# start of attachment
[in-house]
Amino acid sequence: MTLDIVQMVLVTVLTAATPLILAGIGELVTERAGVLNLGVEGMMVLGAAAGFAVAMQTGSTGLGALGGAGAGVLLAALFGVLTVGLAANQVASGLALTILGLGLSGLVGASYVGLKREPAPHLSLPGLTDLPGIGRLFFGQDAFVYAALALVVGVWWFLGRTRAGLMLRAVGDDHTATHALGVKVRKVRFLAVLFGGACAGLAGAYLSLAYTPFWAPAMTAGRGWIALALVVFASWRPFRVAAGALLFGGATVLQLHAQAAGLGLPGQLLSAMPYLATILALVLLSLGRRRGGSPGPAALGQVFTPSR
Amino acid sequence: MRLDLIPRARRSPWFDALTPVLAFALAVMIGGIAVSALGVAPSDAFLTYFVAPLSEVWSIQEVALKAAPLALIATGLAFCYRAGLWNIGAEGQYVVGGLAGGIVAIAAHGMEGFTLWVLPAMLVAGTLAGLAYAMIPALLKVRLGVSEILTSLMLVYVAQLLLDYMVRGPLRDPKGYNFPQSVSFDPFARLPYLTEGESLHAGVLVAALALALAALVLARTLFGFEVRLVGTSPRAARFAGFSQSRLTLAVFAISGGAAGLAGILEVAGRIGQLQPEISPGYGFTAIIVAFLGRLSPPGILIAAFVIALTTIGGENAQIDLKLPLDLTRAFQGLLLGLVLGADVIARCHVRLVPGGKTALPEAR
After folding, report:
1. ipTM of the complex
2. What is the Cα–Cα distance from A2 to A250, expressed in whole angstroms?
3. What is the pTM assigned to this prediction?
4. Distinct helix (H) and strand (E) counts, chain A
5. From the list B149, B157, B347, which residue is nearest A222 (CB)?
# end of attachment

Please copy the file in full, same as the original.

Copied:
[in-house]
Amino acid sequence: MTLDIVQMVLVTVLTAATPLILAGIGELVTERAGVLNLGVEGMMVLGAAAGFAVAMQTGSTGLGALGGAGAGVLLAALFGVLTVGLAANQVASGLALTILGLGLSGLVGASYVGLKREPAPHLSLPGLTDLPGIGRLFFGQDAFVYAALALVVGVWWFLGRTRAGLMLRAVGDDHTATHALGVKVRKVRFLAVLFGGACAGLAGAYLSLAYTPFWAPAMTAGRGWIALALVVFASWRPFRVAAGALLFGGATVLQLHAQAAGLGLPGQLLSAMPYLATILALVLLSLGRRRGGSPGPAALGQVFTPSR
Amino acid sequence: MRLDLIPRARRSPWFDALTPVLAFALAVMIGGIAVSALGVAPSDAFLTYFVAPLSEVWSIQEVALKAAPLALIATGLAFCYRAGLWNIGAEGQYVVGGLAGGIVAIAAHGMEGFTLWVLPAMLVAGTLAGLAYAMIPALLKVRLGVSEILTSLMLVYVAQLLLDYMVRGPLRDPKGYNFPQSVSFDPFARLPYLTEGESLHAGVLVAALALALAALVLARTLFGFEVRLVGTSPRAARFAGFSQSRLTLAVFAISGGAAGLAGILEVAGRIGQLQPEISPGYGFTAIIVAFLGRLSPPGILIAAFVIALTTIGGENAQIDLKLPLDLTRAFQGLLLGLVLGADVIARCHVRLVPGGKTALPEAR
After folding, report:
1. ipTM of the complex
2. What is the Cα–Cα distance from A2 to A250, expressed in whole angstroms?
3. What is the pTM assigned to this prediction?
4. Distinct helix (H) and strand (E) counts, chain A
5. From the list B149, B157, B347, which residue is nearest A222 (CB)?